Depression: 1 in 5 people experiences depression, and 1 in 10 experiences a panic attack at some stage in his life. An estimated 121 million people worldwide suffer from depression. Studies show that 5.8% of men and 9.5% of women will experience a depressive episode in any given year. Suicide, sometimes the end result of depression, is the leading cause of violent deaths worldwide, accounting for 49.1% of all violent deaths compared with 18.6% in war and 31.3% by homicide. Murray, David– Christians Get Depressed Too.

This number is staggering–49.1%???

Pastor Timothy Keller, in his sermon entitled The Wounded Heart, makes the statement that if you do not have a living, vital, personal relationship with God, you are utterly alone in the world.  He says that you may have friends, you may have counselors, you may have all the desires that this world has to offer, but unless you know God in a personal way, you are alone.

King David was a man who was not immune to depression.  He was certainly not blameless, but the Bible calls him “a man after God’s own heart” (Acts 13:22).  He knew God, but he also knew heartache, pain, fear, remorse, and his own sinful heart.

So how is it that the apostle Paul could call David a man after God’s own heart?  I believe it is because David, fearful & sinful though he was, knew how to commune with God in a real way.  Look at what David prays to God in Psalm 13:

Light up my eyes, lest I sleep the sleep of death. (Psalm 13:3)

We may have friends, but we must have God.  All the earthly kinship will do for a season, but there are times when their comfort runs its course.  We are then left with a gap, a spiritual hole in our heart, that even friends cannot fill.

We must have Divine comfort.  One word from God will quell all fears, thwart all burdens, comfort all distresses.  One whisper of His voice emboldens even the most timid of souls.

Therefore, David seeks not a friend , but the Source of his life.  He begs God to “light up my eyes”–this is almost a command from David to God as if David says, “God, you have got to give me light.  You have got to open my spiritual eyes to actually see what is going on in the midst of this heartache.  If you don’t, I am going to die!”

David says earlier in the Psalm (verse 2): How long must I take counsel in my soul? He seems to be saying here, “There is all of this internal self-talk running rampant throughout my heart. Not only is my enemy exalting over me, but my own inner voice is telling me loathsome things about what is coming around the bend.”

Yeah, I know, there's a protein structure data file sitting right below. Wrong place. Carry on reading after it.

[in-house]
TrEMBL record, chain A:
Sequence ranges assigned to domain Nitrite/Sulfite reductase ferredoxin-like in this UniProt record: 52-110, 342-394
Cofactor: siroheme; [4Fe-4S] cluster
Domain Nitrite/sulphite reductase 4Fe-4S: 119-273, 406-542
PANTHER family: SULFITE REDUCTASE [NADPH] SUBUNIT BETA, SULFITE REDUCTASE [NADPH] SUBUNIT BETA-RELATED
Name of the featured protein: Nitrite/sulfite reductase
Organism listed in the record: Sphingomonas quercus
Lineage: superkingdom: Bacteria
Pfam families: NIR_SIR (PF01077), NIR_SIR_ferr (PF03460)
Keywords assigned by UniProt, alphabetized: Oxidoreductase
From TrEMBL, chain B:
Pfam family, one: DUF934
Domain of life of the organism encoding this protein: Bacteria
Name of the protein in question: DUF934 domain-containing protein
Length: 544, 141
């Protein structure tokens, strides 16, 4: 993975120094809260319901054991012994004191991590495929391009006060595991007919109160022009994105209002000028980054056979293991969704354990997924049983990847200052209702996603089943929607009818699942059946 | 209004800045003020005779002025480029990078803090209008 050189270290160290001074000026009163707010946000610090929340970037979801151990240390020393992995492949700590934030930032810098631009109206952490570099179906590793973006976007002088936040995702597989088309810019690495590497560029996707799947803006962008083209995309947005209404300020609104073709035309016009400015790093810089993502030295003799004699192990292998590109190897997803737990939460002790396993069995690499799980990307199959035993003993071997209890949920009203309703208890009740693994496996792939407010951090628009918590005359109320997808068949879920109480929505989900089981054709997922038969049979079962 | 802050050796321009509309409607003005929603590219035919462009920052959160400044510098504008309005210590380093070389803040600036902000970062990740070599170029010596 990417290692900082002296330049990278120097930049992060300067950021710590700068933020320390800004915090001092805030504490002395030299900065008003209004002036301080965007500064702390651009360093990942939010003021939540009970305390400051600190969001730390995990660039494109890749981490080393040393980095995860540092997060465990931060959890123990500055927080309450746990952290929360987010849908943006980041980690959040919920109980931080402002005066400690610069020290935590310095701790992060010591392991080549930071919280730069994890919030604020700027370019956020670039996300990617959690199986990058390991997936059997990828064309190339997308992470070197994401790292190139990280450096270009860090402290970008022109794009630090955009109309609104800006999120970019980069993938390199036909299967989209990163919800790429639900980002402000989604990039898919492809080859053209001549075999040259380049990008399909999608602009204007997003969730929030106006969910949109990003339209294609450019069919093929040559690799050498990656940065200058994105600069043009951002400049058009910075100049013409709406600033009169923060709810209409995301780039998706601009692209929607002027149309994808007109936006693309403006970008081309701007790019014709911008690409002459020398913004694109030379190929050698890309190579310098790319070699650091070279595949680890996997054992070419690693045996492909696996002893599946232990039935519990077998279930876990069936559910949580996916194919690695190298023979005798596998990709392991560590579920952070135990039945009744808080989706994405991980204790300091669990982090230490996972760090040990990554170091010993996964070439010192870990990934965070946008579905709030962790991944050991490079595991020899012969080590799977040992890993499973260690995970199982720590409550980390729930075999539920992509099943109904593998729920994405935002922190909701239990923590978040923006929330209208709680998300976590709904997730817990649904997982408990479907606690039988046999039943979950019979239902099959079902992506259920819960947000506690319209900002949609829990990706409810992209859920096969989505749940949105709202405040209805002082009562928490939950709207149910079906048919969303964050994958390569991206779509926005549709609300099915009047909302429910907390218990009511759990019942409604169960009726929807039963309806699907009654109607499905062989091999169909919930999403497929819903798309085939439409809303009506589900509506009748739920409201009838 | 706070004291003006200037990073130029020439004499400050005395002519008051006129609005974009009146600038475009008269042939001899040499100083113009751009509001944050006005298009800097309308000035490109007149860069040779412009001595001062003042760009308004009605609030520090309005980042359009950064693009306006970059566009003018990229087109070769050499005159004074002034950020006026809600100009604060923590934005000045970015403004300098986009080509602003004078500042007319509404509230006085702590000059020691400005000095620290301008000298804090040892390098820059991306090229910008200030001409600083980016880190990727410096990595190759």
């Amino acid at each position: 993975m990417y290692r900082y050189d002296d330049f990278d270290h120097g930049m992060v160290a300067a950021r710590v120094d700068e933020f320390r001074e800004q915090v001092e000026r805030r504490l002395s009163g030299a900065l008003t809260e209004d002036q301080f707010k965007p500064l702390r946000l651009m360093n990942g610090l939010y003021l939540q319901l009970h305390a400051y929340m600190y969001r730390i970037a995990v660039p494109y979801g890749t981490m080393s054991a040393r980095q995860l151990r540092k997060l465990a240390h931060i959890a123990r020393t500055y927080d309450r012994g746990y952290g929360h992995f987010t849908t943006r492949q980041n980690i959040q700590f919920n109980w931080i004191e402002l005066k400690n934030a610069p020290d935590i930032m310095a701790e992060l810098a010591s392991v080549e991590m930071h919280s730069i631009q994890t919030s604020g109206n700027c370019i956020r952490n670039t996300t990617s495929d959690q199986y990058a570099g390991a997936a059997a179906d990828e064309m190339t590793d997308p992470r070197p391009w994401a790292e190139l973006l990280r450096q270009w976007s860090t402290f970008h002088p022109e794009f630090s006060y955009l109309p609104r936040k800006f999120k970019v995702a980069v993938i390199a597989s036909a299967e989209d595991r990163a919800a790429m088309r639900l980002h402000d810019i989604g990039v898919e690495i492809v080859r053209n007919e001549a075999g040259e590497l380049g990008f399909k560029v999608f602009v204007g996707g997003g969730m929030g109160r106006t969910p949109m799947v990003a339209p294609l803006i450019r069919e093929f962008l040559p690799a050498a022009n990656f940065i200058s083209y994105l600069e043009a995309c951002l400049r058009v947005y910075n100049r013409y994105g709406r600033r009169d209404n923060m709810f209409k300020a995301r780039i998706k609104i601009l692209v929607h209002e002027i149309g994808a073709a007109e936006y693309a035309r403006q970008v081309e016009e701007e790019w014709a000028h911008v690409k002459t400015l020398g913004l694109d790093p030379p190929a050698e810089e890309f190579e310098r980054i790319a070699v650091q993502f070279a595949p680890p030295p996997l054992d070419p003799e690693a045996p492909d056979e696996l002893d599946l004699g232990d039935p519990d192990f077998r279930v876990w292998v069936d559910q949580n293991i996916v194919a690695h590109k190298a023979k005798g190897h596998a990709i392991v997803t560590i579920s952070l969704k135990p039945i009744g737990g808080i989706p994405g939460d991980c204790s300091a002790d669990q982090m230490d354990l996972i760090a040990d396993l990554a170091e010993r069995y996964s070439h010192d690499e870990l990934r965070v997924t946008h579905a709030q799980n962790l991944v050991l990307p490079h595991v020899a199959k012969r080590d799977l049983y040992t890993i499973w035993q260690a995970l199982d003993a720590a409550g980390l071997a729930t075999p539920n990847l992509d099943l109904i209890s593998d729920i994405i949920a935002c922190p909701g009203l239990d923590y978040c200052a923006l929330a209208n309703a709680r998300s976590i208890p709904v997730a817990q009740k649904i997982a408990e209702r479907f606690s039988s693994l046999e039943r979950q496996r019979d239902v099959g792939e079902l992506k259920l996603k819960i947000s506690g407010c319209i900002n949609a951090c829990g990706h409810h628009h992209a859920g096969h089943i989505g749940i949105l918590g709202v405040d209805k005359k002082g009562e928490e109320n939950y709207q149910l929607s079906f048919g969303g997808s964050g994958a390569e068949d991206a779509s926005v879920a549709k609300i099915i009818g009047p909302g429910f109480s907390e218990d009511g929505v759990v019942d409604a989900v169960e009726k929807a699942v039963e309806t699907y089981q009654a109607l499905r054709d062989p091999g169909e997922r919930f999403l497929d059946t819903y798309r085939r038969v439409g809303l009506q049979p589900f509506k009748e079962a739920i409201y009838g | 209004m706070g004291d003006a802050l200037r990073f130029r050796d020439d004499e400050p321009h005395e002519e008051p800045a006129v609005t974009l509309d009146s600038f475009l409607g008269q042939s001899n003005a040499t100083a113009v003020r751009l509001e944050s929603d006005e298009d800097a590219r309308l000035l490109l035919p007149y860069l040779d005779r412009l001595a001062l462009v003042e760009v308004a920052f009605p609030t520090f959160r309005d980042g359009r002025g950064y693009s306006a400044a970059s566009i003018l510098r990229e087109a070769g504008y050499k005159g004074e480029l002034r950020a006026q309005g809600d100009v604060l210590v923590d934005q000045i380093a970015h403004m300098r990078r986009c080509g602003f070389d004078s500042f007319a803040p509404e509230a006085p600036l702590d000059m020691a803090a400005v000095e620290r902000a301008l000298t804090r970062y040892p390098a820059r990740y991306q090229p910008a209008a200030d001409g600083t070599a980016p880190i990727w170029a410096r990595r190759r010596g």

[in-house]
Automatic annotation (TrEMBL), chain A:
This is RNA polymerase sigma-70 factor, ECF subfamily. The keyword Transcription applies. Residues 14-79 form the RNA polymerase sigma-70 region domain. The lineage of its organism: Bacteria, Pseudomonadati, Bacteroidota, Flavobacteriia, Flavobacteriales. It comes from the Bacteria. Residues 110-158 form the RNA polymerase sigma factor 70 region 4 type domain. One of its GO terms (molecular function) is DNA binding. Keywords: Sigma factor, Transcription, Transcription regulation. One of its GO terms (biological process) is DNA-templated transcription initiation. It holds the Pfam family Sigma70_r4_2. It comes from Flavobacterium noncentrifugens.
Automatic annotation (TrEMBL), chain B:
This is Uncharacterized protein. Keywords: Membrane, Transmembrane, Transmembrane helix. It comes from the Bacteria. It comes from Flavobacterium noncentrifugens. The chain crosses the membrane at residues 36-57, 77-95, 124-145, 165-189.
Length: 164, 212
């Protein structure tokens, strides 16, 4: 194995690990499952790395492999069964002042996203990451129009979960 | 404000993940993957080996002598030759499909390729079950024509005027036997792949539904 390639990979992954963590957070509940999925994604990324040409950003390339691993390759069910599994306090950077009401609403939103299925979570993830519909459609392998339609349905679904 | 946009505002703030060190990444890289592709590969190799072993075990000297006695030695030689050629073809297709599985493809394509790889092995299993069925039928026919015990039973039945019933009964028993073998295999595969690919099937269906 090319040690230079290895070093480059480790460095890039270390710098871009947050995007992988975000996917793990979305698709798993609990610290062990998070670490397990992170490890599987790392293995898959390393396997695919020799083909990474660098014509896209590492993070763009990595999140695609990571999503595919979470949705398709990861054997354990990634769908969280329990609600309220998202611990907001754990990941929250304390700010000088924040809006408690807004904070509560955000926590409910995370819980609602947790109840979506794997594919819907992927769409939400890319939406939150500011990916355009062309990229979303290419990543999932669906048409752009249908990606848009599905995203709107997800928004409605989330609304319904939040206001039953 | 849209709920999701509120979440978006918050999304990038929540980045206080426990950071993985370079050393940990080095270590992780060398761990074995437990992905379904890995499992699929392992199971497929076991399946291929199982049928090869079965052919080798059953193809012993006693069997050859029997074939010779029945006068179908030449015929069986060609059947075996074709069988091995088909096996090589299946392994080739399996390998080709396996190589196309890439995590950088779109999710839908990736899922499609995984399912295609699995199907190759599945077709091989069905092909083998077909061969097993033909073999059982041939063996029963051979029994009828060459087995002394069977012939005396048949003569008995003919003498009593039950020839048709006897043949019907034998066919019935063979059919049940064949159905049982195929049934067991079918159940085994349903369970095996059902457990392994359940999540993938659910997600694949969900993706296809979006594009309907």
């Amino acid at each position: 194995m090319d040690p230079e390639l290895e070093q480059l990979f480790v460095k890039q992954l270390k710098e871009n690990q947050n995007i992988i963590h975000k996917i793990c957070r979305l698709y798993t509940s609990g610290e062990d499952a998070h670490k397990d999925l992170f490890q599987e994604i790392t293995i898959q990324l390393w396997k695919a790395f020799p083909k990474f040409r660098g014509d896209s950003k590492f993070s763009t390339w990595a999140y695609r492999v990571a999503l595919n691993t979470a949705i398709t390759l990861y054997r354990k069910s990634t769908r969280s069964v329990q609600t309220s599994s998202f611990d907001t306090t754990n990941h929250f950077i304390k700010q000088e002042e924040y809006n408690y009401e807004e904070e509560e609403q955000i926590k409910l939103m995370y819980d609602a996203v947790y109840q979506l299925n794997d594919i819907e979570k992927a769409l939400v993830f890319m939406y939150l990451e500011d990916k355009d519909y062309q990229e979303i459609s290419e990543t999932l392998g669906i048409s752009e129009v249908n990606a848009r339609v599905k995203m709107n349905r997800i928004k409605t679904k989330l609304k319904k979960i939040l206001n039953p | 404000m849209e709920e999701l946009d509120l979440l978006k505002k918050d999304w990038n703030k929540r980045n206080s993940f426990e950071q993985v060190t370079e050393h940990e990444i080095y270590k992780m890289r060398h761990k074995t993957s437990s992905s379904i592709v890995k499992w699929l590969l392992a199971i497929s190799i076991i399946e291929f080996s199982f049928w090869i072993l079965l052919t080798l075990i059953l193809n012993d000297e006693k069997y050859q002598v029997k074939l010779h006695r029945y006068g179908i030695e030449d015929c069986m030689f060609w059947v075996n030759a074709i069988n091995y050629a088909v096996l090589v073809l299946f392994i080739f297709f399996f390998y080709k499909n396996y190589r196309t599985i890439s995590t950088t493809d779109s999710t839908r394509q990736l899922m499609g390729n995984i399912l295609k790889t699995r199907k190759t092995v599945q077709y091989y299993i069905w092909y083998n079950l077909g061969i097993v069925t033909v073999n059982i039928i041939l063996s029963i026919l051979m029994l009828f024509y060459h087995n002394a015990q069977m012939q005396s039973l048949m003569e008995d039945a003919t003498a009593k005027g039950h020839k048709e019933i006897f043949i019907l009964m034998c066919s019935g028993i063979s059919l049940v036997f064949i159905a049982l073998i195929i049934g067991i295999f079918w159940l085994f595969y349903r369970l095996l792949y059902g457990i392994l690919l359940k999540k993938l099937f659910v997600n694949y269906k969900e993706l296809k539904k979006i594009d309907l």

And David is honest with God about his condition and in a sense asks Him to silence all of the enemies to give him a word so that peace might return to his heart.

David was able to maintain hope because he wasn’t utterly alone in the world.  He had this connection with the God of Abraham, Isaac, & Jacob, and he was able to say in utter confidence to close the Psalm:

But I have trusted in your steadfast love;
   my heart shall rejoice in your salvation.
I will sing to the LORD,
   because he has dealt bountifully with me.

I recently heard a story about a Christian lady in her 60s or 70s who always struggled mightily with fear.  She was always afraid that the worst was going to happen to either her or her family, and she was constantly held the grip of terror.

Suddenly, the woman began experiencing some pain in her body, and she went to the doctor.  The diagnosis was inoperable, terminal cancer, and her family gently confronted her with the news, expecting the worst.

The woman got up, and went into her bedroom alone.

Sometime later she came out of her room with an indescribable peace.  Her family asked how she was doing and she said, “I went into my room terrified, but while I was in there God so comforted my heart and assured me of His love for me that I cannot be afraid.”

Several months later the woman died peacefully, and her family was amazed at the transformation God did in her life by delivering he from her greatest fears.

Do you know this kind of comfort?